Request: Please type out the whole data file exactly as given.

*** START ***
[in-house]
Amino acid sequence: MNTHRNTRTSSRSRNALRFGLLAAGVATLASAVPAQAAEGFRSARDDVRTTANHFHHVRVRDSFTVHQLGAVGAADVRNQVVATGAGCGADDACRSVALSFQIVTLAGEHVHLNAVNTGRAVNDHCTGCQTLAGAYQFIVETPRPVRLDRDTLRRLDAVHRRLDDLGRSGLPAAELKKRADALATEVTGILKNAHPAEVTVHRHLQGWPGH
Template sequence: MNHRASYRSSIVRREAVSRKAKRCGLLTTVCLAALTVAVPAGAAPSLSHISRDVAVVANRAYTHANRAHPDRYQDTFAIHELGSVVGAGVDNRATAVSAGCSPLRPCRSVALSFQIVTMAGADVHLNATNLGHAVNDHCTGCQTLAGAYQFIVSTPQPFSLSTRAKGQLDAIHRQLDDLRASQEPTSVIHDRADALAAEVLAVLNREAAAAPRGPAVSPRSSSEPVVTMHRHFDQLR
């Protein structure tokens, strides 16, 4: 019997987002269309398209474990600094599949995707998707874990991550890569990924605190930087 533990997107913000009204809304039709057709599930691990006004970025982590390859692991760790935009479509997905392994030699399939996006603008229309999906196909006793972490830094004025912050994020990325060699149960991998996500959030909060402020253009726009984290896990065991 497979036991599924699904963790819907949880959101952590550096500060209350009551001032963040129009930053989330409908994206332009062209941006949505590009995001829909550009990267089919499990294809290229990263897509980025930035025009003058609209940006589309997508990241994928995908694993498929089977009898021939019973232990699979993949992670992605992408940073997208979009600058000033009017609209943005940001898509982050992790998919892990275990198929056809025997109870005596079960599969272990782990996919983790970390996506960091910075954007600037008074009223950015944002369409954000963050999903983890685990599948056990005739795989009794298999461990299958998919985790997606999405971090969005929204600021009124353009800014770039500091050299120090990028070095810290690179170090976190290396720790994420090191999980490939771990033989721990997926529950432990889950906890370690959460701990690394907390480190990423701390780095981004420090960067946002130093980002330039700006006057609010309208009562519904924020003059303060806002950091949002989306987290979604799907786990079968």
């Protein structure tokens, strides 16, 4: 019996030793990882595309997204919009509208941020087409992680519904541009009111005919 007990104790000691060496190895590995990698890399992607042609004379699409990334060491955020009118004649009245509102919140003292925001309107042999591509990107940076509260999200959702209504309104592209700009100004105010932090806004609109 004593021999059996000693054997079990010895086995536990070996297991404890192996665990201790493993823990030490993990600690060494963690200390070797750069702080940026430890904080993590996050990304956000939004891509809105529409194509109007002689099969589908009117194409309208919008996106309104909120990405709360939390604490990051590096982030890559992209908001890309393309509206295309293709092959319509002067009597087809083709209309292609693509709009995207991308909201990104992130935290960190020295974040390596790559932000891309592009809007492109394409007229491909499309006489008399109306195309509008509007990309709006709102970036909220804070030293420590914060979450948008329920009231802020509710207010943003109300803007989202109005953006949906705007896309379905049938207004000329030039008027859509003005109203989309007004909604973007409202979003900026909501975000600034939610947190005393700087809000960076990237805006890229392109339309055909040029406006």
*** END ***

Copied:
[in-house]
Amino acid sequence: MNTHRNTRTSSRSRNALRFGLLAAGVATLASAVPAQAAEGFRSARDDVRTTANHFHHVRVRDSFTVHQLGAVGAADVRNQVVATGAGCGADDACRSVALSFQIVTLAGEHVHLNAVNTGRAVNDHCTGCQTLAGAYQFIVETPRPVRLDRDTLRRLDAVHRRLDDLGRSGLPAAELKKRADALATEVTGILKNAHPAEVTVHRHLQGWPGH
Template sequence: MNHRASYRSSIVRREAVSRKAKRCGLLTTVCLAALTVAVPAGAAPSLSHISRDVAVVANRAYTHANRAHPDRYQDTFAIHELGSVVGAGVDNRATAVSAGCSPLRPCRSVALSFQIVTMAGADVHLNATNLGHAVNDHCTGCQTLAGAYQFIVSTPQPFSLSTRAKGQLDAIHRQLDDLRASQEPTSVIHDRADALAAEVLAVLNREAAAAPRGPAVSPRSSSEPVVTMHRHFDQLR
């Protein structure tokens, strides 16, 4: 019997987002269309398209474990600094599949995707998707874990991550890569990924605190930087 533990997107913000009204809304039709057709599930691990006004970025982590390859692991760790935009479509997905392994030699399939996006603008229309999906196909006793972490830094004025912050994020990325060699149960991998996500959030909060402020253009726009984290896990065991 497979036991599924699904963790819907949880959101952590550096500060209350009551001032963040129009930053989330409908994206332009062209941006949505590009995001829909550009990267089919499990294809290229990263897509980025930035025009003058609209940006589309997508990241994928995908694993498929089977009898021939019973232990699979993949992670992605992408940073997208979009600058000033009017609209943005940001898509982050992790998919892990275990198929056809025997109870005596079960599969272990782990996919983790970390996506960091910075954007600037008074009223950015944002369409954000963050999903983890685990599948056990005739795989009794298999461990299958998919985790997606999405971090969005929204600021009124353009800014770039500091050299120090990028070095810290690179170090976190290396720790994420090191999980490939771990033989721990997926529950432990889950906890370690959460701990690394907390480190990423701390780095981004420090960067946002130093980002330039700006006057609010309208009562519904924020003059303060806002950091949002989306987290979604799907786990079968």
């Protein structure tokens, strides 16, 4: 019996030793990882595309997204919009509208941020087409992680519904541009009111005919 007990104790000691060496190895590995990698890399992607042609004379699409990334060491955020009118004649009245509102919140003292925001309107042999591509990107940076509260999200959702209504309104592209700009100004105010932090806004609109 004593021999059996000693054997079990010895086995536990070996297991404890192996665990201790493993823990030490993990600690060494963690200390070797750069702080940026430890904080993590996050990304956000939004891509809105529409194509109007002689099969589908009117194409309208919008996106309104909120990405709360939390604490990051590096982030890559992209908001890309393309509206295309293709092959319509002067009597087809083709209309292609693509709009995207991308909201990104992130935290960190020295974040390596790559932000891309592009809007492109394409007229491909499309006489008399109306195309509008509007990309709006709102970036909220804070030293420590914060979450948008329920009231802020509710207010943003109300803007989202109005953006949906705007896309379905049938207004000329030039008027859509003005109203989309007004909604973007409202979003900026909501975000600034939610947190005393700087809000960076990237805006890229392109339309055909040029406006």